Selective and picky eating tendencies are very common for young children as they start exploring new foods. Most of the families I work with (especially new parents) are often concerned when a child does not try something and will often mislabel them as “picky” when they are just being a normal kid. For the average child, it can take 8-15 exposures to a new food before it is even tried once! Becoming an adventurous eater takes some time and parental patience.
A lot of families dread meals as they may be the low-point of the day when you are frustrated that your child comes to the table and starts screaming after they see what is on the table. The next thing you know, someone is in the kitchen making the child’s favorite foods. You think you are winning because your child is eating, but what has happened is the child has trained the caregiver. They just learned that if they make a big enough fuss, they will get what they want. Sounds all too familiar? I know as I have been there, but I am going to tell you meals do not have to be this way.
Once a firm meal structure is set up, it is time to reel in the short-order cooking. Kids will eventually try new things if they are in a non-threatening environment, and if done on their terms. If your child is growing and thriving and between the ages of 2 and 4, they will typically eat one meal, play with another meal, and refuse a meal. This is completely normal. We also need to trust that the child knows how much their body needs and will eat as much or as little as is needed. When we start forcing our children to eat more or hound them to try, they will resist and we may be altering their ability to know when they have had enough.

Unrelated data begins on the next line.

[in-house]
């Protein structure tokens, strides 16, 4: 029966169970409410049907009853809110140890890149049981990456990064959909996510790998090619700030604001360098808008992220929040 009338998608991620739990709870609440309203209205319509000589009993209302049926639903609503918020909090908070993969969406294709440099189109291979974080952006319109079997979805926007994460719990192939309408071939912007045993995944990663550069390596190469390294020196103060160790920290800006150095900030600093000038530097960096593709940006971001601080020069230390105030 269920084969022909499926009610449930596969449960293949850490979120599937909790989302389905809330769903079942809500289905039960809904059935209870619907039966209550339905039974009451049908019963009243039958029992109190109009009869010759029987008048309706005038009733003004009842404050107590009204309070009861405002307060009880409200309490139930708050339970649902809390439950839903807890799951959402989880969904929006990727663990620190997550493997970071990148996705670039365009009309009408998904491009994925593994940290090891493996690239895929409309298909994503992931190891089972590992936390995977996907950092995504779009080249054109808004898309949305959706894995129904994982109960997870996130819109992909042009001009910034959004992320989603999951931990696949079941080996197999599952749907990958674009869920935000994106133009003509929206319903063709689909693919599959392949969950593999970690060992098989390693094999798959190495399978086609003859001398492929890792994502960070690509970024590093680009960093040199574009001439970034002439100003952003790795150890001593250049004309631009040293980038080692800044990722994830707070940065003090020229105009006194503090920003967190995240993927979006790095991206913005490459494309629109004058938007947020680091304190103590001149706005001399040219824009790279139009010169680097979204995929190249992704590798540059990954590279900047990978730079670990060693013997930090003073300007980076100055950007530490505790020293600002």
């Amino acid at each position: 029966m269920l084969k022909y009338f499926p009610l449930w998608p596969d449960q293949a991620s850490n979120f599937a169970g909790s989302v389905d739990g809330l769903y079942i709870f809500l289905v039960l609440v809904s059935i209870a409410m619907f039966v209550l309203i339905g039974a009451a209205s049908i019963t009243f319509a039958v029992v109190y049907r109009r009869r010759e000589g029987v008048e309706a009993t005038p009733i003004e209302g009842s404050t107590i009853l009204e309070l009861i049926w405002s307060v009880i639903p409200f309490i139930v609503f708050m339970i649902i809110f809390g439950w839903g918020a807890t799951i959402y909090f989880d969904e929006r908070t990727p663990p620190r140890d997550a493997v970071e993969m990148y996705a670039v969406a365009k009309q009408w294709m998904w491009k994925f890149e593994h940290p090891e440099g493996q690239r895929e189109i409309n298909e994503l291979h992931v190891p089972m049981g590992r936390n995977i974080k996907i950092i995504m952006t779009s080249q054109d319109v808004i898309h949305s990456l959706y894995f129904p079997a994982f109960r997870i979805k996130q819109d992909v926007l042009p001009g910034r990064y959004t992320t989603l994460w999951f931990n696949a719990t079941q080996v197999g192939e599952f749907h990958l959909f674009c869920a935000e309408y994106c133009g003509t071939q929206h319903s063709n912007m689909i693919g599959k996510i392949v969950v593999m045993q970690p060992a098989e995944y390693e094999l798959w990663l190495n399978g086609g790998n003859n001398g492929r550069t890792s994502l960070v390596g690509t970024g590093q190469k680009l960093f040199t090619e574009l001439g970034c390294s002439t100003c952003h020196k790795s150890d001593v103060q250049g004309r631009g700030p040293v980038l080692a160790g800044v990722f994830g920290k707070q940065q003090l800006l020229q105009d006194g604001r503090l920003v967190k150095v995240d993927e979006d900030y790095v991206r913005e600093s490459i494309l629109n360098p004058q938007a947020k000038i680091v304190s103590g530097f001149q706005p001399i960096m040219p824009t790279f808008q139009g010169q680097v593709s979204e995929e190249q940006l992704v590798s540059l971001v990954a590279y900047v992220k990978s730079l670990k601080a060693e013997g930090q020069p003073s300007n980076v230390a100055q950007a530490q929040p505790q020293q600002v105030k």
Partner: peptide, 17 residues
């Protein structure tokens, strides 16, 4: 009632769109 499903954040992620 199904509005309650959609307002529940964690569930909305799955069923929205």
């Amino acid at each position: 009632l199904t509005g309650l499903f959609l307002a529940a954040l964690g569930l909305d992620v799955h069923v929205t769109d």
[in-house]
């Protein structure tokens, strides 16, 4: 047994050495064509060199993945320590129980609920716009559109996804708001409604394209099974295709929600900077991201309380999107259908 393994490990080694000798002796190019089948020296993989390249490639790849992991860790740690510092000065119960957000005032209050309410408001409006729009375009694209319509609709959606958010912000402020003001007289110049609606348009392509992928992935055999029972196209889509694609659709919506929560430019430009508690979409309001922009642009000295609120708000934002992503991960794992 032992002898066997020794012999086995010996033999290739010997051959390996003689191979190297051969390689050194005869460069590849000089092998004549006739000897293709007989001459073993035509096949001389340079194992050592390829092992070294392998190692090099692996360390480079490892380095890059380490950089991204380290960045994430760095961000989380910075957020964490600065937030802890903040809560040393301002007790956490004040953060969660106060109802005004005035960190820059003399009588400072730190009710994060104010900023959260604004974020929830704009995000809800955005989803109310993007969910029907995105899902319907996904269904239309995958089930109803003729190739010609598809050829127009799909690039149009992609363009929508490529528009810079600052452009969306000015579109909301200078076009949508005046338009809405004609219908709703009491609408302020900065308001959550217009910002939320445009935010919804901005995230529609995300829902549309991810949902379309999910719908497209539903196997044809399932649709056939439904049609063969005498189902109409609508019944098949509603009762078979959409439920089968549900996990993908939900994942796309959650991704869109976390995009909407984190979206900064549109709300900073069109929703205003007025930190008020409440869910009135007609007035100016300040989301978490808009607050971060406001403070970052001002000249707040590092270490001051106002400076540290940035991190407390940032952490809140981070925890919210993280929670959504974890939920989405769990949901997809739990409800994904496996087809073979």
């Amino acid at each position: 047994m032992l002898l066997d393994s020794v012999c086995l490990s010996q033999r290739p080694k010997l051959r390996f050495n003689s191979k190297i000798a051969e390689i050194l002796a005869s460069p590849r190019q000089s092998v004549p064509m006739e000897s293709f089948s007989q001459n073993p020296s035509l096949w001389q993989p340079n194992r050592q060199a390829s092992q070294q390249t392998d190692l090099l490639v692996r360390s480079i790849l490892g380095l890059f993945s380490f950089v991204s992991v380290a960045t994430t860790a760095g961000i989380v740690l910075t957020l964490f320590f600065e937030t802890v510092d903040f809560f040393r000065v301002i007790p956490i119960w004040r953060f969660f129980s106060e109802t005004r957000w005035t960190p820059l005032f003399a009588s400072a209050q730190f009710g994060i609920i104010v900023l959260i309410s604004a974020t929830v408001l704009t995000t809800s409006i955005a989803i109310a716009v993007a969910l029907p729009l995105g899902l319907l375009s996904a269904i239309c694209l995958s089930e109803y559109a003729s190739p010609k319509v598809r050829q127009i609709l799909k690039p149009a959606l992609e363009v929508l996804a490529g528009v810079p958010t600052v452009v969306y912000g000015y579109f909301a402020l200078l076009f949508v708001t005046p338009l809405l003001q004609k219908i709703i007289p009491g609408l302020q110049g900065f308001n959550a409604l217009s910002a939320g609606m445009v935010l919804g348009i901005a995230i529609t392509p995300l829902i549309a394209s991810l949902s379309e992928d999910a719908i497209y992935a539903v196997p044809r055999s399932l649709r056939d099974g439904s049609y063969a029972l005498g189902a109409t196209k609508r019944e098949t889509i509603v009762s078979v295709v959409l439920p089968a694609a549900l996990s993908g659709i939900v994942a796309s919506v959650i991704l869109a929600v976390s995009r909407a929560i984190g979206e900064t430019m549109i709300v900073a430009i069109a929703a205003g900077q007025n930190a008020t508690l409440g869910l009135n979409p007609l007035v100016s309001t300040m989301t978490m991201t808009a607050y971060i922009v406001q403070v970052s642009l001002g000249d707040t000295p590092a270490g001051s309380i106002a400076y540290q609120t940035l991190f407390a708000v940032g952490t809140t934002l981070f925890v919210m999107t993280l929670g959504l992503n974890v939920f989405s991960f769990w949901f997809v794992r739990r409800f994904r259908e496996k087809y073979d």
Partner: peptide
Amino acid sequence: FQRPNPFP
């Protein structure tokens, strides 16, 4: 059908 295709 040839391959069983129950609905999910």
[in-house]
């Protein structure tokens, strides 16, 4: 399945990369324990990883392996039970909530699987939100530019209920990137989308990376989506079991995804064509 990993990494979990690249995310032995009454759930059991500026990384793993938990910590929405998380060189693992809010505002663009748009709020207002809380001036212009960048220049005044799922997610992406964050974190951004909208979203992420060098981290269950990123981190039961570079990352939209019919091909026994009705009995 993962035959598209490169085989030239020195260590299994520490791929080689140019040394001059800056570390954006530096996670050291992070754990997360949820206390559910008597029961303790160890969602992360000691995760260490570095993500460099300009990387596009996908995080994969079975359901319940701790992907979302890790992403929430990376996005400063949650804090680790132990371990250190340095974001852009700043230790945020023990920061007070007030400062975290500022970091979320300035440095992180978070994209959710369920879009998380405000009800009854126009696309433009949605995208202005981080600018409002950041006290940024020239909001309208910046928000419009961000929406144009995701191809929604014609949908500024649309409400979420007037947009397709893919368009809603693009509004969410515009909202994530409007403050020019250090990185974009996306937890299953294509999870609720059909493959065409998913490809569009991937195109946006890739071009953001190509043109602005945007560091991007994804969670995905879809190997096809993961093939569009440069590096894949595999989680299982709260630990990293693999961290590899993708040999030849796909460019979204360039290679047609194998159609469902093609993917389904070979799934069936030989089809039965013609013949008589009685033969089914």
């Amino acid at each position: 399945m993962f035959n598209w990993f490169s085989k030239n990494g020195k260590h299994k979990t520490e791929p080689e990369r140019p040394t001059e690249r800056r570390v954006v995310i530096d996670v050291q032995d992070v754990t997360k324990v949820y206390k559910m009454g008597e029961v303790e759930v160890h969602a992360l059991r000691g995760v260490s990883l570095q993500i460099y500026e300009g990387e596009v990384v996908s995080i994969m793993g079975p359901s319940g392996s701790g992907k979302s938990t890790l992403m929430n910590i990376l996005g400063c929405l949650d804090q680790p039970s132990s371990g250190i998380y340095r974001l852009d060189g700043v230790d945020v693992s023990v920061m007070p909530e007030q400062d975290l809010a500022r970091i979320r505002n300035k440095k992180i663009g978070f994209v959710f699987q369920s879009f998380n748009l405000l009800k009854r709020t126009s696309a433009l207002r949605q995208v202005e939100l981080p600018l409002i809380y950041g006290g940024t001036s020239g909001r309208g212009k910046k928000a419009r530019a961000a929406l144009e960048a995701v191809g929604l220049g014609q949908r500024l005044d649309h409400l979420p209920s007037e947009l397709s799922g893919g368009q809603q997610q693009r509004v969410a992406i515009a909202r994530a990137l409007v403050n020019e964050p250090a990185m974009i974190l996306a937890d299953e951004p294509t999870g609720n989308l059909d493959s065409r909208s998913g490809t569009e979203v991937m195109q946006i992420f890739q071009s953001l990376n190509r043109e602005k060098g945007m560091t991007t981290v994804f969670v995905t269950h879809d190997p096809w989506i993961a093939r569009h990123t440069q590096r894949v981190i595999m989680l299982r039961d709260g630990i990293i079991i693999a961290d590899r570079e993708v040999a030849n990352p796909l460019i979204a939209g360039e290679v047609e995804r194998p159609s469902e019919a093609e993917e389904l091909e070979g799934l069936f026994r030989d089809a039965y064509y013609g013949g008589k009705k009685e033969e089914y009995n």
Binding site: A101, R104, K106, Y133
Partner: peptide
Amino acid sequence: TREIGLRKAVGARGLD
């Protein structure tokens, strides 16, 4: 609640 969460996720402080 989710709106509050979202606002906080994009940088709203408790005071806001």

One tip I always recommend to parents is to make sure there is at least 1 (max of 2) preferred food items at each meal. They should be incorporated into the family meal, which can make the meals seem a little odd at times, but at least you know they may eat something without cooking them a second meal. Everyone in the family should have the same food items available and offered to them. I also often suggest a divided plate to make this a little less stressful for the child as most children do not want to have the new foods touching their preferred foods.
The other component with less stressful meals is the parents /caregivers. Sitting and enjoying the mealtime with your child instead of stressing over whether or not they will eat. Kids pick up on this and it can make a joyful time into a frustrating event.
Lastly, make sure to offer balanced meals for the whole family and to make sure everyone is trying new foods, parents included.